2. evaluate linkages in changes in surface waters, if any, to changes in deposition that are related to regulatory goals;
  3. characterize the effectiveness of the Clean Air Act Amendments in meeting goals of reducing acidif­ication of surface waters and improving biologically-relevant chemistry in the northeastern US, and
  4. provide information for assessment of the need for future reductions in atmospheric deposition based on the rate of recovery (or not) of the systems under study.

Bear Brook Watershed in Maine. The Bear Brook Watershed in Maine (BBWM) research program is centered on two small first-order adjacent forested stream watersheds in eastern Maine.  The research was begun in the mid-1980s as part of the national agenda of research to determine the effects of acid deposition on surface waters and their related watersheds.  Since then, the BBWM program of research has grown to encompass an array of scientific objectives that include acid deposition, climate change and carbon sequestration, nitrogen saturation, base cation depletion, and studies of the evolution of watershed biogeochemistry under prolonged experimental acidification.

Acadia Research Watersheds: Atmospheric deposition, mercury biogeochemistry (including snow), watershed mass balances

When I began with the PRIMENet (Acadia Research Watersheds) project, the ‘watersheds’ were, in fact, nothing more than two small pieces of flagging tied to trees near the chosen stream sampling site. Over the next three years, I led the teams that delineated watershed boundaries, created and deployed field gear, instrumented the watersheds with soil plots and throughfall, and rain samplers, coordinated with the U.S. Geological Survey to deploy stream gauging stations, and assisted with sampling for several of the individual research projects in addition to my own.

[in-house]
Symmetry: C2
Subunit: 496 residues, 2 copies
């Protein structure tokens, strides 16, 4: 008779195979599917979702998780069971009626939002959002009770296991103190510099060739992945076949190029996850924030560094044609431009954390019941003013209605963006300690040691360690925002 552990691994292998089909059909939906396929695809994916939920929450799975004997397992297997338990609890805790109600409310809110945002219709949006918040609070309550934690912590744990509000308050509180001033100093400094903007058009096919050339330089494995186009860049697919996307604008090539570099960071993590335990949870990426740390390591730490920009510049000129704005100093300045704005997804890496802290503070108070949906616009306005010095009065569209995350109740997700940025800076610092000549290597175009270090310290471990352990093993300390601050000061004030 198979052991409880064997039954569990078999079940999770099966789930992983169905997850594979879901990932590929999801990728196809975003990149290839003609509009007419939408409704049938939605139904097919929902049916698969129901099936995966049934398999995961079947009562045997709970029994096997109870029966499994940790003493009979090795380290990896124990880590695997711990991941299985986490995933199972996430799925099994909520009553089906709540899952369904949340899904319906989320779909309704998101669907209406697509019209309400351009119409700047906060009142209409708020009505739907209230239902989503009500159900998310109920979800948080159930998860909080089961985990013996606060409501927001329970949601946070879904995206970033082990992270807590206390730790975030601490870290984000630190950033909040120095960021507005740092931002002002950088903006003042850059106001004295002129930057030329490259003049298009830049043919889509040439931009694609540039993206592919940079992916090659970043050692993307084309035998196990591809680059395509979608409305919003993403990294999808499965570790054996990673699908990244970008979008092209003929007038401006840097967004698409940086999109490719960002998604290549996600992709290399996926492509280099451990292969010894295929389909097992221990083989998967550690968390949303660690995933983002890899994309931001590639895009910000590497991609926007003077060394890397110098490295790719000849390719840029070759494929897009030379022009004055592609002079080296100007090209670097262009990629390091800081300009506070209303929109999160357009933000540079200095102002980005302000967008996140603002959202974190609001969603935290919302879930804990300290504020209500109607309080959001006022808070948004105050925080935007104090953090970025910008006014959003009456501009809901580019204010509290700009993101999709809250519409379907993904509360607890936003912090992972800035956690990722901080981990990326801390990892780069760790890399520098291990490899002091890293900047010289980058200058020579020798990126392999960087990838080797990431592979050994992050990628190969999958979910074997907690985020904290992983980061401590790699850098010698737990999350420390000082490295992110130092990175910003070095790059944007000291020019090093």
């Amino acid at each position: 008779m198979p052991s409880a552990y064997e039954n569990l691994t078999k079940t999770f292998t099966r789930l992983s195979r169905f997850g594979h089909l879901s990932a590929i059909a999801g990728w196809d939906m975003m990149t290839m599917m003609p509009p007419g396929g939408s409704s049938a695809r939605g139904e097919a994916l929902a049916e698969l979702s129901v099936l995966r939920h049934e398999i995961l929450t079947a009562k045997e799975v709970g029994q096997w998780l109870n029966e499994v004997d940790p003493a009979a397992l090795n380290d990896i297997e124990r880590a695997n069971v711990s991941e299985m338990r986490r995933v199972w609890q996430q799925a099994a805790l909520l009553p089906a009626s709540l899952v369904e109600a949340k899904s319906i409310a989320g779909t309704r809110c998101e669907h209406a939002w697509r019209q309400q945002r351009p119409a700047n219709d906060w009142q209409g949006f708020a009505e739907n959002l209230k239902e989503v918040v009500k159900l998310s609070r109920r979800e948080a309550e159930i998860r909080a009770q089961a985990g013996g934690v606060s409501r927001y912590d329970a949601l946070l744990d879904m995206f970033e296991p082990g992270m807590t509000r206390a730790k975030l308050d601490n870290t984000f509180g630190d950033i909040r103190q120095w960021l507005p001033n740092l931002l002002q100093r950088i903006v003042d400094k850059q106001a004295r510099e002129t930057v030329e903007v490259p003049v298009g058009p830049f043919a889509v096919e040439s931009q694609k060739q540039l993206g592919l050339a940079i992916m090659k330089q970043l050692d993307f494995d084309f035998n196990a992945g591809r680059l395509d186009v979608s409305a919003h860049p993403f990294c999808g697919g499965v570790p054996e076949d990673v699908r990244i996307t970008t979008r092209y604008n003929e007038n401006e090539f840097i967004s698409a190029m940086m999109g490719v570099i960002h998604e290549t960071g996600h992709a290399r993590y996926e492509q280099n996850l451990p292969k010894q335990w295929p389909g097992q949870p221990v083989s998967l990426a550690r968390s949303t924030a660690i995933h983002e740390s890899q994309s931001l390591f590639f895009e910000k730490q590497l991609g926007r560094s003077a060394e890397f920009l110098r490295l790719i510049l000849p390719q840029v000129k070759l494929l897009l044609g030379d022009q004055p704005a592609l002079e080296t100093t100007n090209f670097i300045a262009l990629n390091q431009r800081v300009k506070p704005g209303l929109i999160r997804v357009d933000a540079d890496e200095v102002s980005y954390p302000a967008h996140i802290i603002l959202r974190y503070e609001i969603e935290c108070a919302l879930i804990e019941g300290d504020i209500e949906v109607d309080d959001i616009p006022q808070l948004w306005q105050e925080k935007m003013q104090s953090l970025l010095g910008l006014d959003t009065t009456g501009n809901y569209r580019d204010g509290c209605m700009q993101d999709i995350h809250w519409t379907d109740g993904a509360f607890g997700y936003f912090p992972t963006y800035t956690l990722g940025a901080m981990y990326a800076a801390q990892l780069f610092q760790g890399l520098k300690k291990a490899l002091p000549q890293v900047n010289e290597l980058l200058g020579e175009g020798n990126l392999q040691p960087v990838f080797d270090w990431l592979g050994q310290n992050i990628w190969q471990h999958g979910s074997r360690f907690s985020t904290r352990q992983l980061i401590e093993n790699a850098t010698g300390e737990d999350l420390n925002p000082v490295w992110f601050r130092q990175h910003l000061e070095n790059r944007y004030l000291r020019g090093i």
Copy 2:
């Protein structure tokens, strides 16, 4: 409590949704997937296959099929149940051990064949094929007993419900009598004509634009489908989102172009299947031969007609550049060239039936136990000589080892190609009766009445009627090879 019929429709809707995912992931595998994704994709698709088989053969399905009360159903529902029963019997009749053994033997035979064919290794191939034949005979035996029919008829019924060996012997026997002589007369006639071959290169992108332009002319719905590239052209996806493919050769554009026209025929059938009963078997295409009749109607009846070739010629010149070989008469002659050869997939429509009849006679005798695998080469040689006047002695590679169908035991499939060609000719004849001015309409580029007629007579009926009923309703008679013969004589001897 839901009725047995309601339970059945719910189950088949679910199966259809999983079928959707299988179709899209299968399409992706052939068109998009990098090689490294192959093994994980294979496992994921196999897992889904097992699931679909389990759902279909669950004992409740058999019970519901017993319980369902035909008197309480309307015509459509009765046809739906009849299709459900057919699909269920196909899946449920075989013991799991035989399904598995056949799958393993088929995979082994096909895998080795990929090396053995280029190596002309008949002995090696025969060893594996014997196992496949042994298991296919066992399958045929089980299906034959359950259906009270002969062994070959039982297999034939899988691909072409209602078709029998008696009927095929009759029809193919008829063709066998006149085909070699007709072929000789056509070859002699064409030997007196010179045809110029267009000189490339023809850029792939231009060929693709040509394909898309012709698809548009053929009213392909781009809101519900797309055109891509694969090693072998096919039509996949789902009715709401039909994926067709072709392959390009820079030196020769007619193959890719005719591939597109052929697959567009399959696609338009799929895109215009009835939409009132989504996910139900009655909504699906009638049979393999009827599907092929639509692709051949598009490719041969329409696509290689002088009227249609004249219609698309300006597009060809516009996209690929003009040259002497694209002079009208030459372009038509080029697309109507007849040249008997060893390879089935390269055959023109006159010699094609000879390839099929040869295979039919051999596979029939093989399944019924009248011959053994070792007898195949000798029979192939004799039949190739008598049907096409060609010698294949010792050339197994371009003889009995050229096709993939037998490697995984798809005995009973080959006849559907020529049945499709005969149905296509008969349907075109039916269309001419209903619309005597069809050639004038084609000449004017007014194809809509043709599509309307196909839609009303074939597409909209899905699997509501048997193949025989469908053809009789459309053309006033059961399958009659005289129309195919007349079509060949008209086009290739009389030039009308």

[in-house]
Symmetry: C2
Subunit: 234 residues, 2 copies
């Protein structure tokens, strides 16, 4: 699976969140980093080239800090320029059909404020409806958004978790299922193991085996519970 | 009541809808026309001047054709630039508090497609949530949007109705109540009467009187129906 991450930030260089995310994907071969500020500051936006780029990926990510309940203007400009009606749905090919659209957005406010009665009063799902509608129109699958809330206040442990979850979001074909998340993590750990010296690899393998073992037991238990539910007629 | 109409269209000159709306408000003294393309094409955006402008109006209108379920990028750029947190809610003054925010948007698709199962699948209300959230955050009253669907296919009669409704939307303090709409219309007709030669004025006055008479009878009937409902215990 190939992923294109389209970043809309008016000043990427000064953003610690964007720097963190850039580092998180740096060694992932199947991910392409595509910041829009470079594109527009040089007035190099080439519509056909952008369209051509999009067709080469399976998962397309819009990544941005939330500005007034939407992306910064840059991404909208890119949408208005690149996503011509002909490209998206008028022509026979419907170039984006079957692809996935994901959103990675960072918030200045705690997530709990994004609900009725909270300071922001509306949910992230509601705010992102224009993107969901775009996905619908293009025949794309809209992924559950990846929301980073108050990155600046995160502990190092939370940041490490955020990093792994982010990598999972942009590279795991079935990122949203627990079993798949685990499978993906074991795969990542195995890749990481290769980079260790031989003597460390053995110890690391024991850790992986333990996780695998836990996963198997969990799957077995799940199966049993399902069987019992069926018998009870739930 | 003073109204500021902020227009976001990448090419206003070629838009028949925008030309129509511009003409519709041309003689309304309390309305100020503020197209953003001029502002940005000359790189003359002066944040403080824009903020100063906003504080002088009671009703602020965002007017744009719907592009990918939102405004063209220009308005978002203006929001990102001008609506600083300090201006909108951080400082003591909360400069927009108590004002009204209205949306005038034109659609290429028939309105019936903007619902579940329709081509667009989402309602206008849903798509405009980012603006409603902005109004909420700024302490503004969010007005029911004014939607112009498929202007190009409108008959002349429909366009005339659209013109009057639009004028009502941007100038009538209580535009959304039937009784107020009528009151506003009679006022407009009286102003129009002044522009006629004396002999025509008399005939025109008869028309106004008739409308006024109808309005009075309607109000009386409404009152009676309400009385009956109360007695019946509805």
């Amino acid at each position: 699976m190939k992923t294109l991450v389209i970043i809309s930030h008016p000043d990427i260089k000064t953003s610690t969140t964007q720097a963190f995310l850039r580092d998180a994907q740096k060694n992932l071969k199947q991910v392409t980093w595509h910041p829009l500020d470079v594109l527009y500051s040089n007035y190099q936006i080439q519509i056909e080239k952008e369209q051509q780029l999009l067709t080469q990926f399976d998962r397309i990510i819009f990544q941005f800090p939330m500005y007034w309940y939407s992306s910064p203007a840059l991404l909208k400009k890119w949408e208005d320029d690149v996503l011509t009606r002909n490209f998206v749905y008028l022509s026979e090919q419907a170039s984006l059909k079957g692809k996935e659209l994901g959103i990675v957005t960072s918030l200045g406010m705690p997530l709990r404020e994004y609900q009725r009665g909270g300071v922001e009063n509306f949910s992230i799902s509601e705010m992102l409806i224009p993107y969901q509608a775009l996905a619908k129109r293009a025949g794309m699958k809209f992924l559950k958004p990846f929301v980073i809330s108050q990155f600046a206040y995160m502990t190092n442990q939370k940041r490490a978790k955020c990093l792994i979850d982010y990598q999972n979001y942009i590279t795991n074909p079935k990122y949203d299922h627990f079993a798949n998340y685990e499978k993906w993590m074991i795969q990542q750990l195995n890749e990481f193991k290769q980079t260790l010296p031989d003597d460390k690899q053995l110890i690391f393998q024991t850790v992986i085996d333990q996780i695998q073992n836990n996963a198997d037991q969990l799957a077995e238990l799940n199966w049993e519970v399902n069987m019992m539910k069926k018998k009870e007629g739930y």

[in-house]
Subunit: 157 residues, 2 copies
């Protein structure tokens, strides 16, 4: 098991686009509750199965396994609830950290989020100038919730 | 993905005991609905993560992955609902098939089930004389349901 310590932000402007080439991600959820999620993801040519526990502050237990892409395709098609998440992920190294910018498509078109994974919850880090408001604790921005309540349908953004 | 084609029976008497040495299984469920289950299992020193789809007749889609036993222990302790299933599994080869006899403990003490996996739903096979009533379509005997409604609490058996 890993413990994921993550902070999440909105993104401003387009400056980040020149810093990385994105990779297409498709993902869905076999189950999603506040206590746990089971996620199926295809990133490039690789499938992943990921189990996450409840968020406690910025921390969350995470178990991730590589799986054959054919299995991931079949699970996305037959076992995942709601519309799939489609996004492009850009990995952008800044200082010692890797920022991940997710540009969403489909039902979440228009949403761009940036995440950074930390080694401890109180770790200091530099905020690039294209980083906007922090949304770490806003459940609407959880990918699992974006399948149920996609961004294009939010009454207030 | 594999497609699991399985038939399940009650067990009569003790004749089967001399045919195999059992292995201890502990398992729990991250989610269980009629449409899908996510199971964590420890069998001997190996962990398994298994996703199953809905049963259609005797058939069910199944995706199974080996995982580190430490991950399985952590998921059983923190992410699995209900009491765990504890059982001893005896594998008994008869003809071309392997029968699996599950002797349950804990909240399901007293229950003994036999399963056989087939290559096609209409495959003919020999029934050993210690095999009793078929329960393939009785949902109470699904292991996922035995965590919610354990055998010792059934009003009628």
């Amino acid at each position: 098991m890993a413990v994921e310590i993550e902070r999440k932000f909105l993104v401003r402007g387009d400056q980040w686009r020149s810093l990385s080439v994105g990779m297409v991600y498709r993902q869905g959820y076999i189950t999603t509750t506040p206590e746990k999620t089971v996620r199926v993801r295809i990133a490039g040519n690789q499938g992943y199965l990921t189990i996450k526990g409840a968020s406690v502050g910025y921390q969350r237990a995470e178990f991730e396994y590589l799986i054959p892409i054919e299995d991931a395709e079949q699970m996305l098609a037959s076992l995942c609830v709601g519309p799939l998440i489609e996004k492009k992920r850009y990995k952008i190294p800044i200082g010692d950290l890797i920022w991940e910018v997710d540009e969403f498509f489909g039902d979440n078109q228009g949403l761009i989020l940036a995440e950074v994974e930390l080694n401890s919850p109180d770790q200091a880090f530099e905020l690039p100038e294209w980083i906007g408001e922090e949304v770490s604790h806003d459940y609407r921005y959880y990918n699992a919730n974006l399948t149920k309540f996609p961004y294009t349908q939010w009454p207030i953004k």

Canon Brook, the system into which Cadillac Brook flows.

Canon Brook, the system into which Cadillac Brook flows.

The goal of our research was to address research questions about mercury, acid rain, and nitrogen saturation developed from prior research. The project design was based on natural differences in forests and soils induced by an intense wildfire in one watershed in 1947. There is no evidence of fire in the reference watershed for several hundred years. We tested hypotheses about controls on surface water chemistry, and bioavailability of contaminants in the contrasting watersheds. The stream water chemistry patterns reflect, in part, the legacy of the intense fire, which, in turn, controls differences in forest vegetation and soil characteristics. These factors result in higher nitrogen and mercury flux from the unburned watershed, reflecting differences in atmospheric deposition, contrasting ecosystem pools of nitrogen and mercury, and inferred differences in internal cycling and bioavailabilty. My MS thesis dealt with throughfall chemistry in the paired watersheds.

These projects (1999-2002) were funded by US EPA and USGS BRD. The results were recently published in a special issue of Environmental Monitoring and Assessment, for which I was a guest editor.

Follow-up funding from the National Park Service (NPS)-Natural Resource Challenge continued long-term monitoring of streams for Hg, N, and major ions, plus focused on modeling atmospheric deposition (particularly for mercury) based on landscape factors (2002-2005). Long-term stream monitoring was continued through 2006 with student citizen scientists.